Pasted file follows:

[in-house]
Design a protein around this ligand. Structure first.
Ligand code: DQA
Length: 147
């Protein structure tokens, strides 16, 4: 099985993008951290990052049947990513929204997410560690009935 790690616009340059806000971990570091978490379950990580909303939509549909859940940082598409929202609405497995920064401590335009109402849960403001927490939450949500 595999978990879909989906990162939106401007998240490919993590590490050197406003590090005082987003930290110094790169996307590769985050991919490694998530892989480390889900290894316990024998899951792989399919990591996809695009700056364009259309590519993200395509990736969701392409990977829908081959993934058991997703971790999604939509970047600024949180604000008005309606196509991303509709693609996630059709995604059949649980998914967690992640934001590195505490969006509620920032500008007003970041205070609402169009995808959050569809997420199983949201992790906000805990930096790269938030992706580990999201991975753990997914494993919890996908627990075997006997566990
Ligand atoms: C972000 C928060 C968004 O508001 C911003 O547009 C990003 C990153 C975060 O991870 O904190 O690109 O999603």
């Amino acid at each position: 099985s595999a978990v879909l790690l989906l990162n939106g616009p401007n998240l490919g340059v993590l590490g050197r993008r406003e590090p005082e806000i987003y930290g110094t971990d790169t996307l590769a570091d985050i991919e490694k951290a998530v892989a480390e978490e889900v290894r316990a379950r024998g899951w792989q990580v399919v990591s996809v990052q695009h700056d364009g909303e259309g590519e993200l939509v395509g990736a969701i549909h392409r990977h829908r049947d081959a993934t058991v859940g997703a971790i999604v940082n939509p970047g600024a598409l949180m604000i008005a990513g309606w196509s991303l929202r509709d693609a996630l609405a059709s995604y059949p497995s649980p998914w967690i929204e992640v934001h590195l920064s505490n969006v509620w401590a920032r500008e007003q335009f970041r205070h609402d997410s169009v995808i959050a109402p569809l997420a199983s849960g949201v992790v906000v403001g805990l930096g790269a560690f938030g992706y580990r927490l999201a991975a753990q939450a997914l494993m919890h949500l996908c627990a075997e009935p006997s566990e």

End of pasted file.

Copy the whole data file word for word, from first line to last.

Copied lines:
[in-house]
Design a protein around this ligand. Structure first.
Ligand code: DQA
Length: 147
């Protein structure tokens, strides 16, 4: 099985993008951290990052049947990513929204997410560690009935 790690616009340059806000971990570091978490379950990580909303939509549909859940940082598409929202609405497995920064401590335009109402849960403001927490939450949500 595999978990879909989906990162939106401007998240490919993590590490050197406003590090005082987003930290110094790169996307590769985050991919490694998530892989480390889900290894316990024998899951792989399919990591996809695009700056364009259309590519993200395509990736969701392409990977829908081959993934058991997703971790999604939509970047600024949180604000008005309606196509991303509709693609996630059709995604059949649980998914967690992640934001590195505490969006509620920032500008007003970041205070609402169009995808959050569809997420199983949201992790906000805990930096790269938030992706580990999201991975753990997914494993919890996908627990075997006997566990
Ligand atoms: C972000 C928060 C968004 O508001 C911003 O547009 C990003 C990153 C975060 O991870 O904190 O690109 O999603």
């Amino acid at each position: 099985s595999a978990v879909l790690l989906l990162n939106g616009p401007n998240l490919g340059v993590l590490g050197r993008r406003e590090p005082e806000i987003y930290g110094t971990d790169t996307l590769a570091d985050i991919e490694k951290a998530v892989a480390e978490e889900v290894r316990a379950r024998g899951w792989q990580v399919v990591s996809v990052q695009h700056d364009g909303e259309g590519e993200l939509v395509g990736a969701i549909h392409r990977h829908r049947d081959a993934t058991v859940g997703a971790i999604v940082n939509p970047g600024a598409l949180m604000i008005a990513g309606w196509s991303l929202r509709d693609a996630l609405a059709s995604y059949p497995s649980p998914w967690i929204e992640v934001h590195l920064s505490n969006v509620w401590a920032r500008e007003q335009f970041r205070h609402d997410s169009v995808i959050a109402p569809l997420a199983s849960g949201v992790v906000v403001g805990l930096g790269a560690f938030g992706y580990r927490l999201a991975a753990q939450a997914l494993m919890h949500l996908c627990a075997e009935p006997s566990e």